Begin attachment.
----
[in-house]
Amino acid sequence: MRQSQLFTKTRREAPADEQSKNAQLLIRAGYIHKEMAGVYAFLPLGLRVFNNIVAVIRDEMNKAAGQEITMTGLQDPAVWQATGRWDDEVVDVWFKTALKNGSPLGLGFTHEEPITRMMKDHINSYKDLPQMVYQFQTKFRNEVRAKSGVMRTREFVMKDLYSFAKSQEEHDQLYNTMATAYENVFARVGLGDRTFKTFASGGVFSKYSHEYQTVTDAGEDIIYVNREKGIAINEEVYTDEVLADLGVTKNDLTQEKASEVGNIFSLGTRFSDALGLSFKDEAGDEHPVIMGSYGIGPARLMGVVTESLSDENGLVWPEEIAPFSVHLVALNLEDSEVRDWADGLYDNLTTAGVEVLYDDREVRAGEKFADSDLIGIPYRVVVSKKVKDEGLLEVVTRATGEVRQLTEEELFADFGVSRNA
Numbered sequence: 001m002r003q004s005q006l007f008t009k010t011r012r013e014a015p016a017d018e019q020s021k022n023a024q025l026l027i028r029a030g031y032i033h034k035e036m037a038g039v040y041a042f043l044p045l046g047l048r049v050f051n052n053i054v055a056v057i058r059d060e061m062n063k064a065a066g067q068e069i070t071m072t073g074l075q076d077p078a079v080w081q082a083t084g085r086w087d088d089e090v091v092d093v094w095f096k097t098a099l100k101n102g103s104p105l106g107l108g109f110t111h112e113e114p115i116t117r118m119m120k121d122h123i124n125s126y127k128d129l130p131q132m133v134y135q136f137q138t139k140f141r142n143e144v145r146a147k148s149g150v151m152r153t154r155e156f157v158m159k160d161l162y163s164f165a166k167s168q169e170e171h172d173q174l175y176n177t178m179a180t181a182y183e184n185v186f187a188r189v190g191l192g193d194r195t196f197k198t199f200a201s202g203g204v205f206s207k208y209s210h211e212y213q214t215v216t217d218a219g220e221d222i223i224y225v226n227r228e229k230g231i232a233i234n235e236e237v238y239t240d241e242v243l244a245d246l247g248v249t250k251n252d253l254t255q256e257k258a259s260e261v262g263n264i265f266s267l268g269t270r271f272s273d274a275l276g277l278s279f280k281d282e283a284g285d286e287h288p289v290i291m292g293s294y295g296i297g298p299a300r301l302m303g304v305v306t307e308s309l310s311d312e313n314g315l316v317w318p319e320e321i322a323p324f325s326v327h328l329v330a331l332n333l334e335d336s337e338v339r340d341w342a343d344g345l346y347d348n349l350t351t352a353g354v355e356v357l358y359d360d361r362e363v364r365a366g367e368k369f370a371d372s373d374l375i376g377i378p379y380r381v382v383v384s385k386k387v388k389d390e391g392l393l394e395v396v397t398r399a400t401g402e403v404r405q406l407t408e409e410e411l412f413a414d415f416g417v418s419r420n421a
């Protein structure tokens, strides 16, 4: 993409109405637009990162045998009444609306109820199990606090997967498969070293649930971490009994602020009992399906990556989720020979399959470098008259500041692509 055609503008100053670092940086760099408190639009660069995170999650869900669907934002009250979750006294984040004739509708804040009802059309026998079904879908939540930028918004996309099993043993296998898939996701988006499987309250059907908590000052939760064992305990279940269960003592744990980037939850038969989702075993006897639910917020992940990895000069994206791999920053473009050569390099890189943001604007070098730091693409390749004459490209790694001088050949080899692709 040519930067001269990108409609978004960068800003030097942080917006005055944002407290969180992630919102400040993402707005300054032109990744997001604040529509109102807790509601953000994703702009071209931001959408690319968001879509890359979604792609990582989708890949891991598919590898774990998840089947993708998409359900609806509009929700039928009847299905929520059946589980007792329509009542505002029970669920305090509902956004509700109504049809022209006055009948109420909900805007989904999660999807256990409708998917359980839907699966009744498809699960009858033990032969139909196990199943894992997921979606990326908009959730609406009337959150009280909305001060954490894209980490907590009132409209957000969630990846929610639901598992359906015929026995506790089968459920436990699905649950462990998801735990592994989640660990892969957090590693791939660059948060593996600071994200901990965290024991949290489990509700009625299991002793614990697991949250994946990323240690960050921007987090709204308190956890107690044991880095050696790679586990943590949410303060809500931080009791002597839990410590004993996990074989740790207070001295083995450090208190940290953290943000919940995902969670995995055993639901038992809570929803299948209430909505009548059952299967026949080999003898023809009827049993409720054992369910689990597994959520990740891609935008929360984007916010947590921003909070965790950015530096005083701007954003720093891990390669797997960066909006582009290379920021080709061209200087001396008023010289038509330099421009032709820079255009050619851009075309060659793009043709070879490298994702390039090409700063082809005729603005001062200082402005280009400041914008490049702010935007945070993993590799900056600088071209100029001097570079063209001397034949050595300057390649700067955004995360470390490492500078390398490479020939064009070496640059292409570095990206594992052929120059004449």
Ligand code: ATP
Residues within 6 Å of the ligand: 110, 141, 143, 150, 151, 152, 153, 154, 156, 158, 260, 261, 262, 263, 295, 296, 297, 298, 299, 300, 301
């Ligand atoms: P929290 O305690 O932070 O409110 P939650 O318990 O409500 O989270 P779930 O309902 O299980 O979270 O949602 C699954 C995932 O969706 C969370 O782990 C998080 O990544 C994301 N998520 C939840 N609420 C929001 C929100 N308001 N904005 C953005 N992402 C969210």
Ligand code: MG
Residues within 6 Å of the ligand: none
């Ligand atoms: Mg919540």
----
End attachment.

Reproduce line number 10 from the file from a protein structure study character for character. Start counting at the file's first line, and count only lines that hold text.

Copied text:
């Ligand atoms: Mg919540």